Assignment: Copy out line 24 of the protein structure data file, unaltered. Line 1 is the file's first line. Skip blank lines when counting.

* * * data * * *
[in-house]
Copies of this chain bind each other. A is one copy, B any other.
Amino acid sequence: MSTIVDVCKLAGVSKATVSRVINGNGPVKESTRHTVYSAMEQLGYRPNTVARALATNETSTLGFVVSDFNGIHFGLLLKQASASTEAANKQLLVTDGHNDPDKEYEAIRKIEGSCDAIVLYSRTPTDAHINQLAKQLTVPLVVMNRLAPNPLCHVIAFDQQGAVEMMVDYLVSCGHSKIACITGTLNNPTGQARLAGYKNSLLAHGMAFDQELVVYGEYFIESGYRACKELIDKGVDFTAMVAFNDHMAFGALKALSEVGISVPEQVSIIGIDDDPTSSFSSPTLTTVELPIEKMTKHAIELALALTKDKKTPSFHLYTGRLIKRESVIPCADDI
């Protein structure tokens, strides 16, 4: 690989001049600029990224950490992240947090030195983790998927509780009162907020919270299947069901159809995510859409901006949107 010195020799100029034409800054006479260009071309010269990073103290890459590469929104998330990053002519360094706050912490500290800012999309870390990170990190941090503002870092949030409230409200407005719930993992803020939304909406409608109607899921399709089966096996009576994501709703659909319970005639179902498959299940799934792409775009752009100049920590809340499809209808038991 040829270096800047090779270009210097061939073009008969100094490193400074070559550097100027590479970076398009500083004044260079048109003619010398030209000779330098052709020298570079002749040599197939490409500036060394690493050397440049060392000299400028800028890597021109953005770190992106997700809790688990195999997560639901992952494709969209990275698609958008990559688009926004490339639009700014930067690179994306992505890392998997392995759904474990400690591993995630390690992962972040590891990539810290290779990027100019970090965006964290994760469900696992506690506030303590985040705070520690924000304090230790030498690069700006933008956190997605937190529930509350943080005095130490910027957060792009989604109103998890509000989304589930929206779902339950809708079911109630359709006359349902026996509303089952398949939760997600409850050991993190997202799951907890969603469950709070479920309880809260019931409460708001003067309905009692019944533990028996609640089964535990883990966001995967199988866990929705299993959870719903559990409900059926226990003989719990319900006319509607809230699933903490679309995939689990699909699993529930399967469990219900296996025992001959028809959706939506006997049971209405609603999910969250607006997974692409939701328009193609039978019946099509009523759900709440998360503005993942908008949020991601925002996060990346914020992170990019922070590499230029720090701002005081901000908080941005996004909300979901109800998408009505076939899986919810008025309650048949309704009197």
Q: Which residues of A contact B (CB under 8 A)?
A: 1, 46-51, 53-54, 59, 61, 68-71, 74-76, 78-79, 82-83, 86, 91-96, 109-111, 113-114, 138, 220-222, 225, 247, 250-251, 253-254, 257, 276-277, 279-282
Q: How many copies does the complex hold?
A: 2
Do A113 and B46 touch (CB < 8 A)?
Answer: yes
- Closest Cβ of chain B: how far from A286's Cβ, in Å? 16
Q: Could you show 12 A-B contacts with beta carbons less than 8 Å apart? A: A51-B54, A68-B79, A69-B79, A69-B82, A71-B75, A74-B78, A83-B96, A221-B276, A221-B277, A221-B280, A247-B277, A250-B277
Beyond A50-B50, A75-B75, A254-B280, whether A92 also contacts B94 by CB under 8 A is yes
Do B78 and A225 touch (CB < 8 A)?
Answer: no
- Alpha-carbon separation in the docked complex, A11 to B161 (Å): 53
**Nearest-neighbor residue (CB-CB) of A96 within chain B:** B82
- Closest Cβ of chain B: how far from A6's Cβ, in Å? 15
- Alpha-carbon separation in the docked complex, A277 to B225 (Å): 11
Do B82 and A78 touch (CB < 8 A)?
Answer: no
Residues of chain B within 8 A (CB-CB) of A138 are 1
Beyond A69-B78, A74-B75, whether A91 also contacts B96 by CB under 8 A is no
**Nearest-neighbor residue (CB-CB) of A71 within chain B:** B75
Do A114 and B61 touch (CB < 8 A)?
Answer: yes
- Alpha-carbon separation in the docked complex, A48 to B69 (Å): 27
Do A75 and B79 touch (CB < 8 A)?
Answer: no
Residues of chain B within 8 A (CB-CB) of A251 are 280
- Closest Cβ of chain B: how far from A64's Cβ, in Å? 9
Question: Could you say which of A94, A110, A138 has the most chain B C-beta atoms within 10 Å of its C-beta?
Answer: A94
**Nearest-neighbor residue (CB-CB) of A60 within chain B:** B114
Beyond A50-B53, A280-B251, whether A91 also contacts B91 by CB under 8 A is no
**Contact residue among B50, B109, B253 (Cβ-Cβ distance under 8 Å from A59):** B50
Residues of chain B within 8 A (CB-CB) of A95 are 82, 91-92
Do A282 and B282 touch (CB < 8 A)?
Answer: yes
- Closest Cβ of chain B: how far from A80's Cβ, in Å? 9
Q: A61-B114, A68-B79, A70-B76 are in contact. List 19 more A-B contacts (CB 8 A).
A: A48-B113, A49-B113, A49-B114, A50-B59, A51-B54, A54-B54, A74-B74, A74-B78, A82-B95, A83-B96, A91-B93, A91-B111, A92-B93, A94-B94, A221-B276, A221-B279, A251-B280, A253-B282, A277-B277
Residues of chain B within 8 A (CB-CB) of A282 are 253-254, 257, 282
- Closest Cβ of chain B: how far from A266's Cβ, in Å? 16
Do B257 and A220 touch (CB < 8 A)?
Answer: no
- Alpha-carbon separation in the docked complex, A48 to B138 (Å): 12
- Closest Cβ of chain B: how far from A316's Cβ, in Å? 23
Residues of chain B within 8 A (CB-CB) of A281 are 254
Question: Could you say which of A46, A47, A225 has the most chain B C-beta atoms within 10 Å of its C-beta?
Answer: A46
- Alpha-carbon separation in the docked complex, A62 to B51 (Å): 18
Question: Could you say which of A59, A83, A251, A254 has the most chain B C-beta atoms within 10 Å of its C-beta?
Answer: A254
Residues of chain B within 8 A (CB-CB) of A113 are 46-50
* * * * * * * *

**Nearest-neighbor residue (CB-CB) of A71 within chain B:** B75